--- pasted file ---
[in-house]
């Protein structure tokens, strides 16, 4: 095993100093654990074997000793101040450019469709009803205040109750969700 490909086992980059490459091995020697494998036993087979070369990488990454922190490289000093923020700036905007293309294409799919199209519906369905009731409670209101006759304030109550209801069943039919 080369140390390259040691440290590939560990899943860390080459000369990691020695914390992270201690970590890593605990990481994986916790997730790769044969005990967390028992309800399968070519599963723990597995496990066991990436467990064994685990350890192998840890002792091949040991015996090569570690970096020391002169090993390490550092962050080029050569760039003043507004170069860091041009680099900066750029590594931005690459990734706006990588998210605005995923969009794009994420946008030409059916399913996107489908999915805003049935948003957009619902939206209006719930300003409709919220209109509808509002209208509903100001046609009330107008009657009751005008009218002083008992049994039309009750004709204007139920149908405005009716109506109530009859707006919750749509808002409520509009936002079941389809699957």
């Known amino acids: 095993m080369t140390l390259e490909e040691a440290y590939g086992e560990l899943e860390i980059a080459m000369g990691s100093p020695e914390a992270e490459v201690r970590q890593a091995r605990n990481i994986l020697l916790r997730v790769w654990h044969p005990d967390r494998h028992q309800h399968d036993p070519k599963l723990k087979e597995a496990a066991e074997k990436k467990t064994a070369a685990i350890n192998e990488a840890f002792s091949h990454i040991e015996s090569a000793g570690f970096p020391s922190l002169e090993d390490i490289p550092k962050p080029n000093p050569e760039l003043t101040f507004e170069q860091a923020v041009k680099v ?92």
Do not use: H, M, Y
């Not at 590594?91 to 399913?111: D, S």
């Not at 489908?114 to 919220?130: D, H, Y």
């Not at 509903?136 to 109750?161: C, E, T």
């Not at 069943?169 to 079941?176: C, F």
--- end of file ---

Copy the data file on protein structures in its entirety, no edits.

[in-house]
């Protein structure tokens, strides 16, 4: 095993100093654990074997000793101040450019469709009803205040109750969700 490909086992980059490459091995020697494998036993087979070369990488990454922190490289000093923020700036905007293309294409799919199209519906369905009731409670209101006759304030109550209801069943039919 080369140390390259040691440290590939560990899943860390080459000369990691020695914390992270201690970590890593605990990481994986916790997730790769044969005990967390028992309800399968070519599963723990597995496990066991990436467990064994685990350890192998840890002792091949040991015996090569570690970096020391002169090993390490550092962050080029050569760039003043507004170069860091041009680099900066750029590594931005690459990734706006990588998210605005995923969009794009994420946008030409059916399913996107489908999915805003049935948003957009619902939206209006719930300003409709919220209109509808509002209208509903100001046609009330107008009657009751005008009218002083008992049994039309009750004709204007139920149908405005009716109506109530009859707006919750749509808002409520509009936002079941389809699957």
């Known amino acids: 095993m080369t140390l390259e490909e040691a440290y590939g086992e560990l899943e860390i980059a080459m000369g990691s100093p020695e914390a992270e490459v201690r970590q890593a091995r605990n990481i994986l020697l916790r997730v790769w654990h044969p005990d967390r494998h028992q309800h399968d036993p070519k599963l723990k087979e597995a496990a066991e074997k990436k467990t064994a070369a685990i350890n192998e990488a840890f002792s091949h990454i040991e015996s090569a000793g570690f970096p020391s922190l002169e090993d390490i490289p550092k962050p080029n000093p050569e760039l003043t101040f507004e170069q860091a923020v041009k680099v ?92």
Do not use: H, M, Y
């Not at 590594?91 to 399913?111: D, S």
């Not at 489908?114 to 919220?130: D, H, Y």
């Not at 509903?136 to 109750?161: C, E, T």
């Not at 069943?169 to 079941?176: C, F």